Thursday, February 23, 2012

Tomorrow! and general list of Turner exhibits at this time

Yes, ladies and gentlemen, tomorrow it starts, the actual painting process. Very excited! This is actually the best part of the process. And here's where other things stand:

  • Funds finally, officially available.
  • Amazon shipment of CF card + reader is on its way, thus unless something is very wrong with the camera/equipment in general, I should be able to have real pictures (although the web videos were kind of interesting
  • Supplies' ordering was minorly delayed due to Mardi Gras. I love the idea of a company's taking time off for Mardi Gras --- a direct result of being in Louisiana, I suppose
  • 2 painting surfaces prepared and ready to go. Enough of supplies and whatnot to start. Sort of wish I had my smaller brushes at hand, but you work with what you have....
  • Between now and 5 weeks from now I will be sending surveys out re. rewards fulfillment through the Kickstarter system. Why so far removed from now? Because 70% of the rewards fulfillments depends on actually completing some of the project. But part of this blogging will contain regular updates re. that, and a few fun giveaways just to keep things more entertaining.
Now, I wish to present all with a list of Turner exhibits occurring at the current time:

  • Cincinnati - The Taft Museum of Art in Cincinnati, Ohio is currently exhibiting a collection of watercolor paintings by in a show titled “J.M.W. Turner: Watercolors to Books” (on view until April 15, 2012. They demonstrate how the British artist broke new artistic ground with breathtaking watercolors reproduced as etchings to illustrate travel books, poetry, and novels. Would, of course, love a chance to view this, especially since my brother is there.
  • Tate Britain - through April - Free Entry - Discover how Joseph Mallord William Turner (1775–1851) revolutionised two different kinds of image-making: watercolour and print. Colour and Line: Turner's experiments is a two-room display featuring works on paper by Turner, with a variety of experiments and interactive displays exploring his working methods and techniques.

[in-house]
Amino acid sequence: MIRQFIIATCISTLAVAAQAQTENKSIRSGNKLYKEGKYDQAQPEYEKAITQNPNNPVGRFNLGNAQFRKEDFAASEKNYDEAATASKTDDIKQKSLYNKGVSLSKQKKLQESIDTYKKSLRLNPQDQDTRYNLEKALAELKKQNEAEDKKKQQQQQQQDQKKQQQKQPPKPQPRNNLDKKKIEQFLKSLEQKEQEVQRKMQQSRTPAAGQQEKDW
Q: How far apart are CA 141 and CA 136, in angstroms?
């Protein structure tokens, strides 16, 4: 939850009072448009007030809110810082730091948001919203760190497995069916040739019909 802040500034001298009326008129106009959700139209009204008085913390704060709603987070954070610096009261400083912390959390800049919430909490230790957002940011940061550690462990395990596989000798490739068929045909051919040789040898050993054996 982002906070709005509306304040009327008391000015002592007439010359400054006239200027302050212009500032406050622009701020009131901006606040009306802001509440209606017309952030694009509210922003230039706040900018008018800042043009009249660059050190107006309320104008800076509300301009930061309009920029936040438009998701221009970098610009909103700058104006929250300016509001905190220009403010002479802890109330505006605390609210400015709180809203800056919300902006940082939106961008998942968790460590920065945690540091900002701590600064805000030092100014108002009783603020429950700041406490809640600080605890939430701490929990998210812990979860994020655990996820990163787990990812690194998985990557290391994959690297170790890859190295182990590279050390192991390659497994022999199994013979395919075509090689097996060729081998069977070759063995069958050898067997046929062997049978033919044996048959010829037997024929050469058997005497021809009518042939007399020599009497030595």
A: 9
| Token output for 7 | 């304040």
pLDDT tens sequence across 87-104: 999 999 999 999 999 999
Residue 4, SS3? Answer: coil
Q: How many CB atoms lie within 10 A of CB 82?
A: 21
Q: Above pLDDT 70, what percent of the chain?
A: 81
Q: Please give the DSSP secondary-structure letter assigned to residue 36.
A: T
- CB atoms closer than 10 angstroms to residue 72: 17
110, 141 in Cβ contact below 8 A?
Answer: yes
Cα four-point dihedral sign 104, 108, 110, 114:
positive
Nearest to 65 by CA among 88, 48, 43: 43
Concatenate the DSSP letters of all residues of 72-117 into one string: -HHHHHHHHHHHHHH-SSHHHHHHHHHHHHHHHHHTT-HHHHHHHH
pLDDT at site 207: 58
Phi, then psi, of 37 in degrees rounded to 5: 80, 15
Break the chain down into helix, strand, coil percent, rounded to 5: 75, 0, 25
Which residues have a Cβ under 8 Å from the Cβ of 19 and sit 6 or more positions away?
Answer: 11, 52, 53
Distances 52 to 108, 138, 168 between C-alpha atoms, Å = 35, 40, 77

• Margate, Kent, UK - After 161 years, JMW Turner is back in town for the first major exhibition of his work in Margate, the seaside retreat he repeatedly visited for what he claimed were "the loveliest skies in all Europe".The exhibition, which includes 12 oil paintings and 72 dazzling watercolours, is free. The Turner Contemporary gallery has at times been overwhelmed by its own success, attracting more than 350,000 visitors before it reaches its first birthday. There are emergency plans to introduce timed tickets if the crowds become unmanageable. "It's fair to say there has been a lot of excitement in the town about this show," said director Victoria Pomery.
  • Edinburgh, Scotland (recently ended) - JMW Turner (1775–1851) was perhaps the most prolific and innovative of all British artists. Turner in January showcases thirty-eight of the artist’s watercolours, providing a remarkable overview of many of the most important aspects of Turner’s career.
    Bequeathed to the Gallery in 1899 by the distinguished collector Henry Vaughan, these outstanding works have been exhibited, as he requested, every January for the last 110 years. Vaughan wanted to limit their exposure to light so that they would be conserved; consequently, they are renowned for their excellent state of preservation.
And here's a famous yearly Contemporary Arts award given out in his name every year at Tate Britain: "At first the prize was awarded to 'the person who, in the opinion of the jury, has made the greatest contribution to art in Britain in the previous twelve months'. This meant that critics and art administrators were eligible as well as artists. [...] The prize was founded by a group called the Patrons of New Art. They were formed in 1982 to help buy new art for the Tate Gallery's collection, and to encourage wider interest in contemporary art. The Patrons wanted a name associated with great British art. They chose JMW Turner (1775–1851) partly because he had wanted to establish a prize for young artists. He also seemed appropriate because his work was controversial in his own day." Just how controversial, Turner would never have a chance to find out - Damien Hirst, the fellow who made cut-up cow cadavers an artistic feat won the award in 1995. So.... a mixed bag.

As an aside, folks might have noticed as well I have finally added a contributor's Hall of Fame to the blog sidebar. THis is the same list who will appear as contributors in the eventual catalog development of this series, sometime in the Summer/Fall. Anyone who contributed at the $10 level or above is eligible for inclusion, even those swell folks who chose to not be part of the rewards system. If you are one of those and have decided you want to appear, please leave a comment below!


  1. I'll be thinking about you today! Good idea about the "contributors' Hall of Fame."

  2. yes! and rewards - i will begin offering rewards.

  3. You know, I don't get notified about replies to these comments either. What to do?


each new comment is like a freshly picked flower....